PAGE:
The problem with it is that it's just unnecessary. TOTBF does nothing but just extends its length, and not in a good way. The movie was already long enough with the 3 hour 6 minute Director's cut. The runtime of the Ultimate Cut is 212 minutes, almost an hour longer than the theatre cut. And the TOTBF just creates an awkward transition from the movie scenes to the animated scenes. Every time the TOTBF scenes come in, they take you out of the movie, thus makeing it hard to enjoy.

Another problem is that the TOTBF scenes ruin any ambiguity there is to Veidt's plan. It basically tells whoever hasn't seen the movie and is watching it for the first time that Veidt's plan is doomed to fail- that he will murder 15 million people and try to cover it up by making Dr. Manhattan look responsible. It also tries to spoonfeed the "good versus evil" cliche to kids under 12 watching the movie. Rorschach good! Veidt bad! The comic let you decide who's good/bad, yet the UC spoonfeeds it to you.

Picture quality is amazing (and I am speaking for both the DC and the UC here since they both have the same picture quality); I remember when The Dark Knight came out on blu-ray and people were oh-so-swayed by its supposedly amazing picture quality yet I couldn't get my mind past the failed attempts to recapture the IMAX scenes, the distracting edge enhancement and the shifting F-stop in some scenes. Whereas Watchmen looks vintage and sharp- a lovely film grain enhances the 80s feel of the movie, the colors are really vibrant (especially in the Dr. Manhattan scenes and Laurie's coat in the "Forest room" interrogation scenes). The Audio is fantastic too- though not different than the DC.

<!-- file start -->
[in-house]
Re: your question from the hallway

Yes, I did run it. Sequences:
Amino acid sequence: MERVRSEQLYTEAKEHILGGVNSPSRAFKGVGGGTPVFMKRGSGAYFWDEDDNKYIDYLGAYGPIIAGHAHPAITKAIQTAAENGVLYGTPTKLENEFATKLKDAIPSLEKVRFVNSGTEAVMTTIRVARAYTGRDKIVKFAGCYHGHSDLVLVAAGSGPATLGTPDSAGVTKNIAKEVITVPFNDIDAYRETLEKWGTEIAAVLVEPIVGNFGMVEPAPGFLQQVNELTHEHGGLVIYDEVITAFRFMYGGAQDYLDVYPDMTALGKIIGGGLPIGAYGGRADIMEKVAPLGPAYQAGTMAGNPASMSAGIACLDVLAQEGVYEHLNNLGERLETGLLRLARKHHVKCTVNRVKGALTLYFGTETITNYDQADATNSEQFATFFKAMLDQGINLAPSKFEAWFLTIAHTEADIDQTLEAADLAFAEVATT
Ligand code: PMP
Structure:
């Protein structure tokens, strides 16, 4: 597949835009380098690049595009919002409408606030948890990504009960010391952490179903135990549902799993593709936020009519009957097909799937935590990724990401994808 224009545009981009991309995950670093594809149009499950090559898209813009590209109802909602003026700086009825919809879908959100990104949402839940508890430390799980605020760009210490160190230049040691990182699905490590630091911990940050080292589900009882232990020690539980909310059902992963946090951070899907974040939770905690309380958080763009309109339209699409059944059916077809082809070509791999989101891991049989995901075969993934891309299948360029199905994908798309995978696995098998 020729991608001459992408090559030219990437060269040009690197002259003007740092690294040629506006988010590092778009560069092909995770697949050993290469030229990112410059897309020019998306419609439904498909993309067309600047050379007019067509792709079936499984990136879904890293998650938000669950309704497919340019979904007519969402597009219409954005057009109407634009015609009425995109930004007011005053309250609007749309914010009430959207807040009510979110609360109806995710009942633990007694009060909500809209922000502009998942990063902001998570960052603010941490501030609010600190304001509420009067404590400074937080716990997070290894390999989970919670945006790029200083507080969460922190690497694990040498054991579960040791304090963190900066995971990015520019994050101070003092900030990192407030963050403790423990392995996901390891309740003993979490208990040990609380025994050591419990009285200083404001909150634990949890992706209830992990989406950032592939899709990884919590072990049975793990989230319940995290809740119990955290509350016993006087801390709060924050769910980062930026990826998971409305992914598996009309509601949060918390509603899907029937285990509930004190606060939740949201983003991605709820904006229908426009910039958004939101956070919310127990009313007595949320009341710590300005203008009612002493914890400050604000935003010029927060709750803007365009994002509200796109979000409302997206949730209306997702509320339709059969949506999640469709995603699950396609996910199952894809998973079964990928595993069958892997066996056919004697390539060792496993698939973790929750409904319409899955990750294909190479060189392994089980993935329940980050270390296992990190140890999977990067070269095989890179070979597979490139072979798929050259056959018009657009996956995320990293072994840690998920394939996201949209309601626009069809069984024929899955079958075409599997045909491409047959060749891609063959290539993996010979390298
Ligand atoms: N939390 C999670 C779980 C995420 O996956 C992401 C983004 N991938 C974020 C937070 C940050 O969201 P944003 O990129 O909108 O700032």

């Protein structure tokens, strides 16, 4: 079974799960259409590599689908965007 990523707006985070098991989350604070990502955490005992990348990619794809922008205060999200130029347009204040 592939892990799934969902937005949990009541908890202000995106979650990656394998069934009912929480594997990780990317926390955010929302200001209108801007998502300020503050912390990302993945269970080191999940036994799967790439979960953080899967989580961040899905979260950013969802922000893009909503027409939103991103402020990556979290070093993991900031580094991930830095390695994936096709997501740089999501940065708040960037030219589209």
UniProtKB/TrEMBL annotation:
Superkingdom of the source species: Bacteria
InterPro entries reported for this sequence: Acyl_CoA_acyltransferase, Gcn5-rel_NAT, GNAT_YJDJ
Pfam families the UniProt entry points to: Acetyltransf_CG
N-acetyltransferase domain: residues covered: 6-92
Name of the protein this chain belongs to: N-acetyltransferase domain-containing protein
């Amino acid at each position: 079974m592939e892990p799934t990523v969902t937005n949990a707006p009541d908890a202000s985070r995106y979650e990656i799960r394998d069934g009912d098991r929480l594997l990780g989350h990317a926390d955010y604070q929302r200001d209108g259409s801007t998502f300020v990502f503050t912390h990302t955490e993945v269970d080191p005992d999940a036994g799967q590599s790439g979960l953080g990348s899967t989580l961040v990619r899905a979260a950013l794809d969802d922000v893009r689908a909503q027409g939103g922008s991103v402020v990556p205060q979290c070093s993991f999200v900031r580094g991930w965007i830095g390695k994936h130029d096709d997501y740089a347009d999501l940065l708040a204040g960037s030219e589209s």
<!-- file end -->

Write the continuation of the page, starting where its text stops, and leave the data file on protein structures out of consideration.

In short, it is worth purchasing, but for the packaging only.
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16 of 16 people found the following review helpful
5.0 out of 5 stars A masterpiece, November 14, 2009
This review is from: Watchmen: The Ultimate Cut (DVD)
When the long-awaited adaptation of Alan Moore and Dave Gibbons' comic book masterpiece Watchmen was released, it proved to be, despite its flaws, undoubtedly the best adaptation that a fan of the comic could have ever hoped for. Those who found it boring, overlong, or just simply didn't "get it" need not apply here for this Watchmen: The Ultimate Cut edition, which pushes Zack Snyder's adaptation to a 3 and a half hour plus epic. Fully incorporating the animated Tales of the Black Freighter (intercut into segments) as well as deleted scenes from the first DVD and Blu-Ray releases of the film, Watchmen: The Ultimate Edition is a masterpiece of comic book to film adaptations that will not disappoint those who have long cherished the comic. The special features, which include commentary tracks from Snyder and Gibbons, as well as the brilliant Under the Hood segment, the various webisodes, and the Watchmen: The Complete Motion Comic, are worthwhile enough (though one may wish that more would and could have been included features wise), and as for the film itself, the same flaws do remain: including the various alterations in the story (such as Rorschach's origin and the ending), and the fact that the film just isn't for everyone or those expecting to see guys in tights fighting the good fight. Despite its flaws though, the Watchmen film remains a labor of love that does Moore and Gibbons' masterwork, and now that it's in its complete form, is more than worth your time.